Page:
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Linking Names and Numbers: The Game

May 27th, 2017 · 1 Comment · Baseball, Basketball, Football

Four years ago I suggested a parlor game of my own devising. As I recall, it came from my staring at a four-digit clock on a treadmill.

Start with a year and match it with any event that happened in the 365/366 days attached to that year. For instance: 2016, Cubs win the World Series … 1941, Pearl Harbor attack.

Whoever can correctly match the highest number of years-with-events in a countback — consecutively, that is — wins. Any incorrect pairing, and the contestant is out of the game.

(This might be fun for history classes in high school or college. I never copyrighted the idea, so feel free. Then again, nearly nothing is new under the sun; somebody probably already has done this, though I have not yet heard of the board game called “Counting Down the Years”.)

Another idea that has been knocking around in my head for a while and, as far as I can tell, I have not suggested previously in the 3,000 or so entries on this blog is this one:

Pair the name of an athlete to every jersey/shirt/sweater number you can manage, starting with zero and working up consecutively. It can be any sport … but it has to be a number you can prove that person wore.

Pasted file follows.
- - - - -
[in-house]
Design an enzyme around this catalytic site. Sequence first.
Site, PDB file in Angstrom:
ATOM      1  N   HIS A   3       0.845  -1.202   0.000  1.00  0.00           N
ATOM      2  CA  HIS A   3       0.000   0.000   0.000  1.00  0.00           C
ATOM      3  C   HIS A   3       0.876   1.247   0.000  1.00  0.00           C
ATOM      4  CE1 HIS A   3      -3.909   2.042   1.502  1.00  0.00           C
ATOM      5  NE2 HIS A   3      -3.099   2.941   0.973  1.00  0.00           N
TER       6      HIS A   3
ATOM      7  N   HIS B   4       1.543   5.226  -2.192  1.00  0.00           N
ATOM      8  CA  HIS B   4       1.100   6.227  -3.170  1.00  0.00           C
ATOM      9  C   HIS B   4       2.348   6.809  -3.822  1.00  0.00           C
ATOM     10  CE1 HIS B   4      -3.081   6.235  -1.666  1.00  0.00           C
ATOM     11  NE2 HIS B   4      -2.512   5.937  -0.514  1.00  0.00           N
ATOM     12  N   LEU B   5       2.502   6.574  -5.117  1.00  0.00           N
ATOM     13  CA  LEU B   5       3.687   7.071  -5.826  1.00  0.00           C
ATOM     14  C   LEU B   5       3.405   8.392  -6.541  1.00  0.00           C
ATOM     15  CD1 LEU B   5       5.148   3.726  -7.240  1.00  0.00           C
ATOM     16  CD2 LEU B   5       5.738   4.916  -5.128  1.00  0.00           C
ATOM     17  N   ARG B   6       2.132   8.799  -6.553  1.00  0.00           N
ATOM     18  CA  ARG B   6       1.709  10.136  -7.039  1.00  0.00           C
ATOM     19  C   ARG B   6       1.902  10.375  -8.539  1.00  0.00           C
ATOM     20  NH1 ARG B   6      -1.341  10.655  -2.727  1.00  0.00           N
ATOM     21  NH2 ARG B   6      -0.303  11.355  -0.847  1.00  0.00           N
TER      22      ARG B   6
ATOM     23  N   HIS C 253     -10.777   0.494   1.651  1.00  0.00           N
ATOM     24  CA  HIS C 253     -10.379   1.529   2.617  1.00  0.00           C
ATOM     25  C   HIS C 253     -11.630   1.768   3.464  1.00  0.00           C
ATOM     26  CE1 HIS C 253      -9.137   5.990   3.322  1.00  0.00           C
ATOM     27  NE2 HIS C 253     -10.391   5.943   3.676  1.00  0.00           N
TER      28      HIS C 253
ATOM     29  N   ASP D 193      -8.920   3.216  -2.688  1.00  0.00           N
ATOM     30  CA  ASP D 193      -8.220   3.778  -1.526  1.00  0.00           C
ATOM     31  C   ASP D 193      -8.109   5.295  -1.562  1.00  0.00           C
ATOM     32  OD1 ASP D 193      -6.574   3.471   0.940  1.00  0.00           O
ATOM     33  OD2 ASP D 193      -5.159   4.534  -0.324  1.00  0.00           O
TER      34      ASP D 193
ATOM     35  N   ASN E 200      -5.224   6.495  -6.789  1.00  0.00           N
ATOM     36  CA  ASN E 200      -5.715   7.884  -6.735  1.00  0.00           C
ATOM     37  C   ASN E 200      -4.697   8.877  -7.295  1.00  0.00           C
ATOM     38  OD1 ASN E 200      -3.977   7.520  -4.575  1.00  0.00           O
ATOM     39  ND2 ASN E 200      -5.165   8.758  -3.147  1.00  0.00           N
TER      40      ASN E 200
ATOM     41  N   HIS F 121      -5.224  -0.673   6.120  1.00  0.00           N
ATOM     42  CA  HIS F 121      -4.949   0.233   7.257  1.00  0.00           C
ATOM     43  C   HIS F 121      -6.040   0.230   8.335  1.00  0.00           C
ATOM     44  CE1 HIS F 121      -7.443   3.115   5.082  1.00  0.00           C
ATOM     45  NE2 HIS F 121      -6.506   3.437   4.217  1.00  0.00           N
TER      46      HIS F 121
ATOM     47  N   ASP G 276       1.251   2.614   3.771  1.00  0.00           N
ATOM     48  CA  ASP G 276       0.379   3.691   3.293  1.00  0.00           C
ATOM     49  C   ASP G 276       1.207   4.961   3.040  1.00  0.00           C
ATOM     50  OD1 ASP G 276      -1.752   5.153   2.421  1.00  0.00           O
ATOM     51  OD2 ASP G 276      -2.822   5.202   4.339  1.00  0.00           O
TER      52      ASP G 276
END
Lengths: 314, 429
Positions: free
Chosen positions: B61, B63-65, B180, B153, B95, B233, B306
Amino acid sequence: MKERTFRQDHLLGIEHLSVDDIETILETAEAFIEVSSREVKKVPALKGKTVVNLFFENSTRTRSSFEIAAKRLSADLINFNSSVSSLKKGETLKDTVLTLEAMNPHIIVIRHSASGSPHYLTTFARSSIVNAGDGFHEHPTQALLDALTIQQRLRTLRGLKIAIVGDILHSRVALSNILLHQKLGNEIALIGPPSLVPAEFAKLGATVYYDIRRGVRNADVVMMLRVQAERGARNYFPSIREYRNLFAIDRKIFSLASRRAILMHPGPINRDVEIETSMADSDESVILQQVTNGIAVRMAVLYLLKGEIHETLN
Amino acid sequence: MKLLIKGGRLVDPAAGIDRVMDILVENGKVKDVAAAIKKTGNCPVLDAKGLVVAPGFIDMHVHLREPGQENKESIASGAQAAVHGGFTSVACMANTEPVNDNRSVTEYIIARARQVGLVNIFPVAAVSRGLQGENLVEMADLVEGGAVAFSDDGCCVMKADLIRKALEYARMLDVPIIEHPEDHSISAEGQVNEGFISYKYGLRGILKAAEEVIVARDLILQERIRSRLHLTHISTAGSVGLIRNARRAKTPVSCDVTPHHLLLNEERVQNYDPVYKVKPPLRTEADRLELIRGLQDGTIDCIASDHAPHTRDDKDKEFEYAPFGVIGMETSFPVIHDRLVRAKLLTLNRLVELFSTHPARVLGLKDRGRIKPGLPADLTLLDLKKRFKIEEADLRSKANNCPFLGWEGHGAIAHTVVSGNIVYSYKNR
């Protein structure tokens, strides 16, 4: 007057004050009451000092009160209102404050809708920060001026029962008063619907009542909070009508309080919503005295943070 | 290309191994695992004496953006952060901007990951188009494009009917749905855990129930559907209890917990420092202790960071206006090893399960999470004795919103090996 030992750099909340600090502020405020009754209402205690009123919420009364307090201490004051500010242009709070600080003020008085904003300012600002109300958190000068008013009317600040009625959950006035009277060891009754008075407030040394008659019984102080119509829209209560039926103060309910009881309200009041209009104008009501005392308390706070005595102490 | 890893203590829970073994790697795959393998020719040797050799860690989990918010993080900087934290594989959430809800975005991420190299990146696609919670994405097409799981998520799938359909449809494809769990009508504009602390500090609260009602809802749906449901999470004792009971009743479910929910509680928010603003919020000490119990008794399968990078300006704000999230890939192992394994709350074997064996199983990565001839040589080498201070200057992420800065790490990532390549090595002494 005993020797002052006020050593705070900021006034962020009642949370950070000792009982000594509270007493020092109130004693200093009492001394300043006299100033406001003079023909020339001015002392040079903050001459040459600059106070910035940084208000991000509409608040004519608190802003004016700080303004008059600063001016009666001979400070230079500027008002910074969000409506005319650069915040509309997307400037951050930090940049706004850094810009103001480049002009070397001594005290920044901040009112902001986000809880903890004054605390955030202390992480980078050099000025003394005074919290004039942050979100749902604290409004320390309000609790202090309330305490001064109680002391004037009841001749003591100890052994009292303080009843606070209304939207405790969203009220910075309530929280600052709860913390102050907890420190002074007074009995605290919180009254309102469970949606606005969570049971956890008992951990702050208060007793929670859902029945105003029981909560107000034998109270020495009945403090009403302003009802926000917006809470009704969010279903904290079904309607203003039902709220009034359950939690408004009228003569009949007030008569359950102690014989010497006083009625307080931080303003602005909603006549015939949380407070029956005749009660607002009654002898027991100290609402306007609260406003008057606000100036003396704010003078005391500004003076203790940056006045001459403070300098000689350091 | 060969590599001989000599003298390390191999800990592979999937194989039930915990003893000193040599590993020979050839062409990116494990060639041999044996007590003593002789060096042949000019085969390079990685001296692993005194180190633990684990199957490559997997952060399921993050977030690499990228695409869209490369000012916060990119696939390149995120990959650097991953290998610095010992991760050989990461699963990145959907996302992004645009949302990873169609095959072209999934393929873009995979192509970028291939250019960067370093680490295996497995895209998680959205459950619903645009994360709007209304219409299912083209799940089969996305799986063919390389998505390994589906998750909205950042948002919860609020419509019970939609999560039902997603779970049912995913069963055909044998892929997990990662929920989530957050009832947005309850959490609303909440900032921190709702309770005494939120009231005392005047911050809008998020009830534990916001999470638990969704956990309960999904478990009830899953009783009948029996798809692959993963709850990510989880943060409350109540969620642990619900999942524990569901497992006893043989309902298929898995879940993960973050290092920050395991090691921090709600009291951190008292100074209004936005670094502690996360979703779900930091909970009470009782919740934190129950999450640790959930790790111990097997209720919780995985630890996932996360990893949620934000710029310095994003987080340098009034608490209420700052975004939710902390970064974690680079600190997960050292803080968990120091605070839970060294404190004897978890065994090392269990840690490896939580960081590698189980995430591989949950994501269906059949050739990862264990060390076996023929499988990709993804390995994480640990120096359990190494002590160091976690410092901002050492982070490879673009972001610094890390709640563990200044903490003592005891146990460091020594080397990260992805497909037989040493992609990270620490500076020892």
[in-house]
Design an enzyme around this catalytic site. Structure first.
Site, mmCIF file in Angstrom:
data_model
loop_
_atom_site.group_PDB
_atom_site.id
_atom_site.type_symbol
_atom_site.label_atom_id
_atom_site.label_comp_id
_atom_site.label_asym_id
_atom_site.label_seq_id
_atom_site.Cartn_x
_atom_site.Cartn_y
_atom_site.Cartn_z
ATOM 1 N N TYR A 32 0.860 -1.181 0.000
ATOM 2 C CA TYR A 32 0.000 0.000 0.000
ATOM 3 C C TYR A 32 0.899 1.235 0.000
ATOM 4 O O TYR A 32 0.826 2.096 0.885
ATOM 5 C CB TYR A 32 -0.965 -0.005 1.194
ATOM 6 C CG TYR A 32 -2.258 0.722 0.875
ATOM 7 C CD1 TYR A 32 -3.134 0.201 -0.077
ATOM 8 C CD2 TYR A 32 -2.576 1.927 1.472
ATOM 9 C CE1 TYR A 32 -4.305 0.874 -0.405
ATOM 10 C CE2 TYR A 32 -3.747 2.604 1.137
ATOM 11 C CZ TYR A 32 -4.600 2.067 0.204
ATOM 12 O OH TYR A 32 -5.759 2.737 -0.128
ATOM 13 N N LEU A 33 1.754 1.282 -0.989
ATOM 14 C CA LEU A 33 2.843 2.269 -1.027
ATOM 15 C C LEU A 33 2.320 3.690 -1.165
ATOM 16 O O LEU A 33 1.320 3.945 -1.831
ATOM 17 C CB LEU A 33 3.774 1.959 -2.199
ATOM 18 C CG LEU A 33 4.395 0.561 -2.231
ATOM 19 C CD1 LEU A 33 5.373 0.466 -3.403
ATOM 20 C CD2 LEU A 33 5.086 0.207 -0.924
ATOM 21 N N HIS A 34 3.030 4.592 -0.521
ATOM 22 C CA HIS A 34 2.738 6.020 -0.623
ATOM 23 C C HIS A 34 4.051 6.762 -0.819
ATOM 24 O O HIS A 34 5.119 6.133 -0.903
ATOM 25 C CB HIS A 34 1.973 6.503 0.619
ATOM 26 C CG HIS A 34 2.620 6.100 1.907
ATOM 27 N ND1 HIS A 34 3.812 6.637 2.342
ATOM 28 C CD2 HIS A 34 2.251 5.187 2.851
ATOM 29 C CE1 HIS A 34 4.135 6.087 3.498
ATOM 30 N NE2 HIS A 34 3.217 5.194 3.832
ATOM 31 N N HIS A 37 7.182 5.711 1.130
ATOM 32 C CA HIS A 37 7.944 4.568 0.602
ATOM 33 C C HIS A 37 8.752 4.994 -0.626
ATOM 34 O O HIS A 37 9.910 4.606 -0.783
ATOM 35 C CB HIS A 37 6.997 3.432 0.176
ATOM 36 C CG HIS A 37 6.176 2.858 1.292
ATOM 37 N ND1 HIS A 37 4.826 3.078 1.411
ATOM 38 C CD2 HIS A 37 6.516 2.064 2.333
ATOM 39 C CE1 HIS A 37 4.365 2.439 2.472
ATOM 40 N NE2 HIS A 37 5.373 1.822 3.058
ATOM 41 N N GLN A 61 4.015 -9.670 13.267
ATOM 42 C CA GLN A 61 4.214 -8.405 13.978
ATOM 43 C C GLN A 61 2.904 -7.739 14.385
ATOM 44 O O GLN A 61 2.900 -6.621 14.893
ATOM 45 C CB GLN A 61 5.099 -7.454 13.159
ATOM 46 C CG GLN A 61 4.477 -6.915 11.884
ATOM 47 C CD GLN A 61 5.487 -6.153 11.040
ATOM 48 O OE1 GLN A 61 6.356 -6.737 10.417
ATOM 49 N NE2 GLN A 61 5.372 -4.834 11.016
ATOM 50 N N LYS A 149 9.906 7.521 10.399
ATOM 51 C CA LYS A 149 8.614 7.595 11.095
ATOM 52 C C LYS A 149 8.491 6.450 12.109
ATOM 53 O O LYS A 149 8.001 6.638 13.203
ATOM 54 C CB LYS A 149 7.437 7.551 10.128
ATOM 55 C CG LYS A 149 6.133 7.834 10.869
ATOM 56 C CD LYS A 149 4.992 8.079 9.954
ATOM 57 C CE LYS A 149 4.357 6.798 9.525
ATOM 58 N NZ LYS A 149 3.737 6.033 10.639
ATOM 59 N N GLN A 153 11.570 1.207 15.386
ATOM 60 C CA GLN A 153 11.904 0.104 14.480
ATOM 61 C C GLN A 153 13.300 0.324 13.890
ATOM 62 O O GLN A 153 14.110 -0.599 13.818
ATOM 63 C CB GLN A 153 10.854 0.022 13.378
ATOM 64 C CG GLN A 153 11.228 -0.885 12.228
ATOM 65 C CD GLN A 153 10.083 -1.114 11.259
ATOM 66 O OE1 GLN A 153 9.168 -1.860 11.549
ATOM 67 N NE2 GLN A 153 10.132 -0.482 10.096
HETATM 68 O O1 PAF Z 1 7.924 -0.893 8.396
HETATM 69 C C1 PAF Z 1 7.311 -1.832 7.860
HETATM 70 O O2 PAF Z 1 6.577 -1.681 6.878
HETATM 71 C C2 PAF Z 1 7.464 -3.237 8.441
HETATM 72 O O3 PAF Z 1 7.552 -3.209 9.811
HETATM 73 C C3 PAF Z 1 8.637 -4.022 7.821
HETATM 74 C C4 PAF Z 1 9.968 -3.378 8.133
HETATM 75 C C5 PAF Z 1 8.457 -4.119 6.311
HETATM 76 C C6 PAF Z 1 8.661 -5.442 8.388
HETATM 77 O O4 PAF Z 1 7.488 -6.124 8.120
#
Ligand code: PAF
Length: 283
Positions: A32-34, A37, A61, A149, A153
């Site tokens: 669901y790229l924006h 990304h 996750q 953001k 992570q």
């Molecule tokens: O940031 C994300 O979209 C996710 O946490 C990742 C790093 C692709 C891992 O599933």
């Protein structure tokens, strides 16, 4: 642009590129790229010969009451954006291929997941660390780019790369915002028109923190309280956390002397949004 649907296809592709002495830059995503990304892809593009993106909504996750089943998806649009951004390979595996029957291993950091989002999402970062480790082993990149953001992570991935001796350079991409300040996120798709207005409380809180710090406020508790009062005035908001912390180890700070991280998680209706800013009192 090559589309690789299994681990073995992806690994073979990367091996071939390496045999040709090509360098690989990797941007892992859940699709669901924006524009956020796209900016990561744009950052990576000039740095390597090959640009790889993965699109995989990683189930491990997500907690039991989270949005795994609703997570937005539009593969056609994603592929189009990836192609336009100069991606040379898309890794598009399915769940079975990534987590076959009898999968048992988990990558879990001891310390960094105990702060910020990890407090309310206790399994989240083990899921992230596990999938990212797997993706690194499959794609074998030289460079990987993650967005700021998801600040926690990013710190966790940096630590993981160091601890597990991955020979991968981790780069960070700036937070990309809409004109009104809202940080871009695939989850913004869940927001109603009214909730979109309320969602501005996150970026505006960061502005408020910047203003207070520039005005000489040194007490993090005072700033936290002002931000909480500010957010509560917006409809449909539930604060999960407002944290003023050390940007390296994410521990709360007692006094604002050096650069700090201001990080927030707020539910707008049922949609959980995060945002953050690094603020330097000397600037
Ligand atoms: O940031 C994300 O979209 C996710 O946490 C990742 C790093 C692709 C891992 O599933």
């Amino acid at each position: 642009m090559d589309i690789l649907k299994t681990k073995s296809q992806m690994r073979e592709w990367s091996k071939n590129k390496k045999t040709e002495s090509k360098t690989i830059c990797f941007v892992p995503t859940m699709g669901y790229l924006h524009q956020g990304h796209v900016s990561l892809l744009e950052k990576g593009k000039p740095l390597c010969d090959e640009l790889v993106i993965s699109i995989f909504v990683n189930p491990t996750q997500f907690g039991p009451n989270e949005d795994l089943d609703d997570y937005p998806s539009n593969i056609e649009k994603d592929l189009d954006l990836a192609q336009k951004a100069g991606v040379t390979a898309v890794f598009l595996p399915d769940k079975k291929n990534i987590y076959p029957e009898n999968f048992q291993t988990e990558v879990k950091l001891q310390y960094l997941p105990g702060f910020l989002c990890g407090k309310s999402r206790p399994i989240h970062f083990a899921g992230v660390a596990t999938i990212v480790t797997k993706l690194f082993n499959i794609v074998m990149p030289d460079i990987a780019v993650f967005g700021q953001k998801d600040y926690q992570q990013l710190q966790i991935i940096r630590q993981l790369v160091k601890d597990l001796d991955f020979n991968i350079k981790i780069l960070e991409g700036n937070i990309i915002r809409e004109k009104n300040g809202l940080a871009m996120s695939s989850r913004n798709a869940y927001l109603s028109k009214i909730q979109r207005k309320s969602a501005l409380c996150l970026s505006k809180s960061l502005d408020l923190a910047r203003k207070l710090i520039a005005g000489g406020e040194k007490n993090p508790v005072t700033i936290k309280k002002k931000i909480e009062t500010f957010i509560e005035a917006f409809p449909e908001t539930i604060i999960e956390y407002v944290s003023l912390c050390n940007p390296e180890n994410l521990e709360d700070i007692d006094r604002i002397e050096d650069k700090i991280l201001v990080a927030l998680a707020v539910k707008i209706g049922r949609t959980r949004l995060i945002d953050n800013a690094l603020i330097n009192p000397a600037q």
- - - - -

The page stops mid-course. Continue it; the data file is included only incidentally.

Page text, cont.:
It will be good for figuring how much junk is cluttering your brain … and it also will peg you to a certain era of sports history — probably corresponding to athletes active between your own fifth and 20th birthdays. When you were a fan and when your memory was sharp.

(It also will reveal your favorite sports teams.)

Let’s see who I come up with … and I have done no prep for this.

Here we go!

0 — A bunch of NBA guys have worn 0, but the guy I am most confident about having worn it is a 20th century outfielder named Oddibe McDowell.

1 — Pee Wee Reese, I think. Dodgers shortstop. And so many soccer goalkeepers that I’m not even going to go there. Maybe the most confident/arrogant/presumptuous number an athlete can wear.

2 — Tommy Lasorda, Dodgers manager. Derek Jeter, New York Yankees.

3 — Babe Ruth. When he began wearing a number, about halfway through his career. Or Willie “Three Dog” Davis, Dodgers outfielder.

4 — Uh-oh. This should be easy, such a low number … I’m going to come back to this. A Yankee? A zillion soccer guys … I’m pretty sure Brett Favre wore it. I’m going with him. (Maybe Lou Gehrig, but don’t hold me to it.)

5 — Brooks Robinson, Baltimore Orioles third baseman. I wore No. 5 in high school baseball because of Brooks.

6 — Steve Garvey, Dodgers. Bill Russell, Boston Celtics.